Bootstrap Sunday Scapes 12 - 5 - 13

Started May 12, 2013 | Discussions thread
Rich Z
Veteran MemberPosts: 3,706Gear list
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Different pix of slumbering monster
In reply to MercurySoft1, May 13, 2013

Well, Shirley, certainly not to the people in the affected area, but Mt. St. Helens was really not an enormous eruption and the mountain itself was not one of the larger Cascade volcanos (though one of the most beautiful, before it self destructed), even before it lost its top. Mt. Shasta is number two and Mt. Rainier is the big one. Both have lots of people living below, and if either blows, it could be a major disaster. Because of the enormity of the population living along The Puget Sound, a major eruption of Mt. Rainier could be an unimaginable disaster. It's considered to be potentially the most dangerous heavily populated area in the U.S. And that is why standing at the base of Mt. Shasta gives me the creeps. Neither Mt. Shasta nor Mt. Rainier are extinct, they just sleep.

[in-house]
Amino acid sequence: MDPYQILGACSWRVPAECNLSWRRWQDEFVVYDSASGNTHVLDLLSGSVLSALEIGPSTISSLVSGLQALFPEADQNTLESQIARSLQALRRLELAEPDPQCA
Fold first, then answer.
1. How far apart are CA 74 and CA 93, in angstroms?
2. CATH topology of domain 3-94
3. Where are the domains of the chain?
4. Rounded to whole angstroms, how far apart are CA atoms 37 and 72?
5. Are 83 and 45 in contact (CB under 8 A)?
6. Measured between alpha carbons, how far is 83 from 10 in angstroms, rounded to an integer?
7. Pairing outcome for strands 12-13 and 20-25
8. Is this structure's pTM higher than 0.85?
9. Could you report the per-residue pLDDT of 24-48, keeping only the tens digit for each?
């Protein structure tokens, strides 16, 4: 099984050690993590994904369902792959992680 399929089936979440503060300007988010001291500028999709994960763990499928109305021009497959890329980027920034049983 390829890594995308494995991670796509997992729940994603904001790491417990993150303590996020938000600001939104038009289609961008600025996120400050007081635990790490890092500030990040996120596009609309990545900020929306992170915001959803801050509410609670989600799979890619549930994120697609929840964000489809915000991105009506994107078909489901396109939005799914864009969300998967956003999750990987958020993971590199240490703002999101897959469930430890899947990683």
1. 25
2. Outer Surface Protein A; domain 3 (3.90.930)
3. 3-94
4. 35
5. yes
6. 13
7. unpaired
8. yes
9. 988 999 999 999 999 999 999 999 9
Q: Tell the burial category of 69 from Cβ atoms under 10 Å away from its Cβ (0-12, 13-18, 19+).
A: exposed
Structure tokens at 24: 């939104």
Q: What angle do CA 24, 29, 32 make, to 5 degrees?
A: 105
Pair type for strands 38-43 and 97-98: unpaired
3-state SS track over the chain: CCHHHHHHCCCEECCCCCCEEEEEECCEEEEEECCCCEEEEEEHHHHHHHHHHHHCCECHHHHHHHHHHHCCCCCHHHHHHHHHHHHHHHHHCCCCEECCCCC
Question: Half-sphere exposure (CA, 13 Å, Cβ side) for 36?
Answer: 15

I took some wide angle, and short telephoto shots of Mt. Shasta, too. But, you can get in close with a short telephoto and take the panels to stitch, and shoot them in portrait position, if you wish, thus getting more sky and foreground. What comes out is a wide close up( sort of ) with much more vertical coverage. A wide angle is going to give your subject less prominence in the photo, unless you're very close, and a long telephoto is going to give you only your subject, in the photo. Don't know if I explained it clearly. Does all that make any sense?
Here are two shot in a single frame to compare with the pano. One at 14mm, one at 54mm.
  And, you couldn't get me to live in that nice house on a cattle ranch for all the rice in China, India and Japan, put together. I've been studying geology, and especially vulcanology and plate tectonics since a boy, and volcanos fascinate me, just like a rattlesnake does. Rich

14mm

54mm

same pano

By the way, the pano was shot 50 miles South of the first two.  So, in the first two pix, you can't see Shastina ( a parasitic cone on the NE flank of Mt. Shasta ) as you're looking straight into it.  In the pano, Shastina appears more prominent and closer than it actually is, which is what I was going for.

http://photobucket.com/dfr49_pix

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